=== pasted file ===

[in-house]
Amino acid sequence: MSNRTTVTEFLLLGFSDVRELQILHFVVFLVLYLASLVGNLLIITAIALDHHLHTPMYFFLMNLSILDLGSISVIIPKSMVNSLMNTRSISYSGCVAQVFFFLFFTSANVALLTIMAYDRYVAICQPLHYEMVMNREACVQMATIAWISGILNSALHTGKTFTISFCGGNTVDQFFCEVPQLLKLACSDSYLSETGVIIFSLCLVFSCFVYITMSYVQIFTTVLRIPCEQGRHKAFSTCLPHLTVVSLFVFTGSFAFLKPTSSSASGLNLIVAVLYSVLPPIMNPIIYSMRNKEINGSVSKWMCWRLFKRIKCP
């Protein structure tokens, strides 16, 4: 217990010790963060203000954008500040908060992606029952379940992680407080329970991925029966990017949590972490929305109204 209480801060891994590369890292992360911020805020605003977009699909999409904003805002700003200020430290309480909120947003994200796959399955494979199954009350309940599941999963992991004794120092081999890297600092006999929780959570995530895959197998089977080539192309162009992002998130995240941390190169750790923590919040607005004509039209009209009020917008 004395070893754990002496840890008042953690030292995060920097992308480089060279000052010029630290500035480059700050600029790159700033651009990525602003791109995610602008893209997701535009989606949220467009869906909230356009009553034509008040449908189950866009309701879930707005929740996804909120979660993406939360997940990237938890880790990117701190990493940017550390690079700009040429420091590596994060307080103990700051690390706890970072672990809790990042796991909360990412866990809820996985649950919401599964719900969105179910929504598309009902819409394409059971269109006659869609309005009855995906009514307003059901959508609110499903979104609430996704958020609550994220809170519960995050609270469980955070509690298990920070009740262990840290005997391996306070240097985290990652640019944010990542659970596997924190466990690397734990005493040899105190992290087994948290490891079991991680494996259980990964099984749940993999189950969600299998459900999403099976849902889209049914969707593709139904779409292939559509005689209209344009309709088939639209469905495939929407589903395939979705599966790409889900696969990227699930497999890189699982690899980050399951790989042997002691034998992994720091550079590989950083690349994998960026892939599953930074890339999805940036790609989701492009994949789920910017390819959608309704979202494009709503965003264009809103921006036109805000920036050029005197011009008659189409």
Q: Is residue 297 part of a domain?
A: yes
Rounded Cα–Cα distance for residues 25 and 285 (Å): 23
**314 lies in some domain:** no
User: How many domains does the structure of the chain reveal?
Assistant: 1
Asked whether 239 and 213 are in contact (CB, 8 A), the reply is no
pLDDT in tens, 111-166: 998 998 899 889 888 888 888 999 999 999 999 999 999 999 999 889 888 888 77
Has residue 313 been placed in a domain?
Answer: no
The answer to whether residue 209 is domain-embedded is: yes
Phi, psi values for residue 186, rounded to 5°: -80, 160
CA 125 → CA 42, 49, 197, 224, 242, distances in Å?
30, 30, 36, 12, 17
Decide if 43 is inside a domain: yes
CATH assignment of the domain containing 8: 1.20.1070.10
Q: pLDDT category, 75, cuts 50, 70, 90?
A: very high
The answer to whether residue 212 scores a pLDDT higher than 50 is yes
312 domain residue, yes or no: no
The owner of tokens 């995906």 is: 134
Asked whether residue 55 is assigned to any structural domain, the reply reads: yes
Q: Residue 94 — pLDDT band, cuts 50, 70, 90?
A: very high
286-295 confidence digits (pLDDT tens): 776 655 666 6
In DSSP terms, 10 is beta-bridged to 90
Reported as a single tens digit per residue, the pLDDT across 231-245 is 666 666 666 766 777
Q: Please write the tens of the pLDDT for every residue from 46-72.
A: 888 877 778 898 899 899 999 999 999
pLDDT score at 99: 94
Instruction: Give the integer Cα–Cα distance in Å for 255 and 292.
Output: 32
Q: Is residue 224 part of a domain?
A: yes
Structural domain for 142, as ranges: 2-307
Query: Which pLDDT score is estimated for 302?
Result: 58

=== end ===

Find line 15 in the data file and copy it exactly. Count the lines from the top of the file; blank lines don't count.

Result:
Phi, psi values for residue 186, rounded to 5°: -80, 160